while driving virtual reality simulator at the Association of
County Commissioners summer meeting in Norman. The
group hosted their annual Summer & Safety Conference and
featured AT&Ts It Can Wait (ICW) simulator in which county
commissioners, staff and their families had the opportunity
to safely experience the dangers of texting while driving.
As texting becomes a more prevalent part of our lives, it is
important that we lead the way and take steps to educate our
local communities about the dangers of texting and driving,
said Gollihare.
Dont text and drive!
WELLINGTON Coffee Memorial
Blood Center will be hosting the Collingsworth
County Boots vs. Badges Blood Drive on
Monday, August 18 from 2 to 7 p.m. at the
Wellington Activity Center, 501 Corsicana St.
Vote for your favorite local hero (law
enforcement or fire). Every eligible donor who
presents to donate will receive a free Boots vs.
Badges t-shirt!
Photo ID or Donor ID is required. You must
be at least 17 years old; 16 year olds may donate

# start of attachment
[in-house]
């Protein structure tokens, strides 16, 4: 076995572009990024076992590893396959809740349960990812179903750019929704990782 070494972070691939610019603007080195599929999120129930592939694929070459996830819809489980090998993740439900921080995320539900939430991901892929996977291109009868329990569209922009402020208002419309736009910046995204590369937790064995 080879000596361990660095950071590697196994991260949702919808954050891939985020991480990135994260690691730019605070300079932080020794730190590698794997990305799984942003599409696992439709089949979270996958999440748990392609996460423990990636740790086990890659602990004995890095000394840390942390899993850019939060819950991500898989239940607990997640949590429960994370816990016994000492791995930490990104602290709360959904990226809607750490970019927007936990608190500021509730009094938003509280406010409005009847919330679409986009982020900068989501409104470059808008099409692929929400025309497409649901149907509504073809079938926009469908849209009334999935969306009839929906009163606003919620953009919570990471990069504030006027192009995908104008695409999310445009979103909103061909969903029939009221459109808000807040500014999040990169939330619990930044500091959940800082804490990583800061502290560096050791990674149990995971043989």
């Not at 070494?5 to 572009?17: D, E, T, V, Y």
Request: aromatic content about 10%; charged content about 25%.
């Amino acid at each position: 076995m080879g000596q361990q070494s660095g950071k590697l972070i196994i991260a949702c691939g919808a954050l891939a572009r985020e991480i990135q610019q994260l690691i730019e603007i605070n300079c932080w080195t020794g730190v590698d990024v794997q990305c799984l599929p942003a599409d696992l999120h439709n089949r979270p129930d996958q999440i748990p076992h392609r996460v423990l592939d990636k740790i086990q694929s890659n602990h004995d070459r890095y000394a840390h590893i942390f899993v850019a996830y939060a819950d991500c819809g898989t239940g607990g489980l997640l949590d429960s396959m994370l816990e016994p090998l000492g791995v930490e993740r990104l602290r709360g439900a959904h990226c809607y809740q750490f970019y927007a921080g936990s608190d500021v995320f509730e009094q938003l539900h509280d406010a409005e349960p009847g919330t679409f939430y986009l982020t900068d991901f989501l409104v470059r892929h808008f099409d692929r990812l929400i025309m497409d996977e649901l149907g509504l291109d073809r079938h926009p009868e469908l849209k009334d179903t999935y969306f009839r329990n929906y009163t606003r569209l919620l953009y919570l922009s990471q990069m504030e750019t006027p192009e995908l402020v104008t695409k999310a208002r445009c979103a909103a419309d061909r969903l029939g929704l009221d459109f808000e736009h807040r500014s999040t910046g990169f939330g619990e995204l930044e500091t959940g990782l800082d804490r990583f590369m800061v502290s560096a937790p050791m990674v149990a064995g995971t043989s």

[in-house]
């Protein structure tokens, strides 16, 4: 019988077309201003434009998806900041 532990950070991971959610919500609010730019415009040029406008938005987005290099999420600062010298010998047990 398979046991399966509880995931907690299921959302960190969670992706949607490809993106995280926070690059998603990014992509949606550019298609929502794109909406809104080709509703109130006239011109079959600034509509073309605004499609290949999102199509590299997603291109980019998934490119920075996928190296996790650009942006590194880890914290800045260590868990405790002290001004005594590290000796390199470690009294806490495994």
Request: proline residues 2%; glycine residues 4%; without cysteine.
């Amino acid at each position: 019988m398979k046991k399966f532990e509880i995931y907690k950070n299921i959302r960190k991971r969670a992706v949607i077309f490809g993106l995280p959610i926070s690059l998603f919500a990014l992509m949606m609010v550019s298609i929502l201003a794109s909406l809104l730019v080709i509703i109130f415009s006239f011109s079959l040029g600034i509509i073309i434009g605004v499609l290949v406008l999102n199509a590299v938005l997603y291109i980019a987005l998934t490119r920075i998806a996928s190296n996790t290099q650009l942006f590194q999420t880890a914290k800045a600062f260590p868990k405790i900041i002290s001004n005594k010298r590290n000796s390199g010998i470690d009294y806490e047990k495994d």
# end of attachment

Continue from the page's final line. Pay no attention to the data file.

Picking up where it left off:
with signed parental consent. Ask about giving
Auto Reds to maximize your donation!
For appointments, please call 331-8800.
Walk-ins are welcome! For more information
visit thegiftoflife.org.
Blood drive scheduled
By Cecilia Vela
Special to The Red River Sun
Hollis may seem like a ordinary town,
but what you might find is that it has an
extraordinary history.
Hollis is a small town known for its great
farmland and friendly citizens, but it is rich in
history itself. Hollis earned its name from a
businessman named George W. Hollis, who,
along with the town site committee, won Hollis
form Texas in a lawsuit when the community
was a part of Greer County, Texas.
After the lawsuit in 1903, he opened the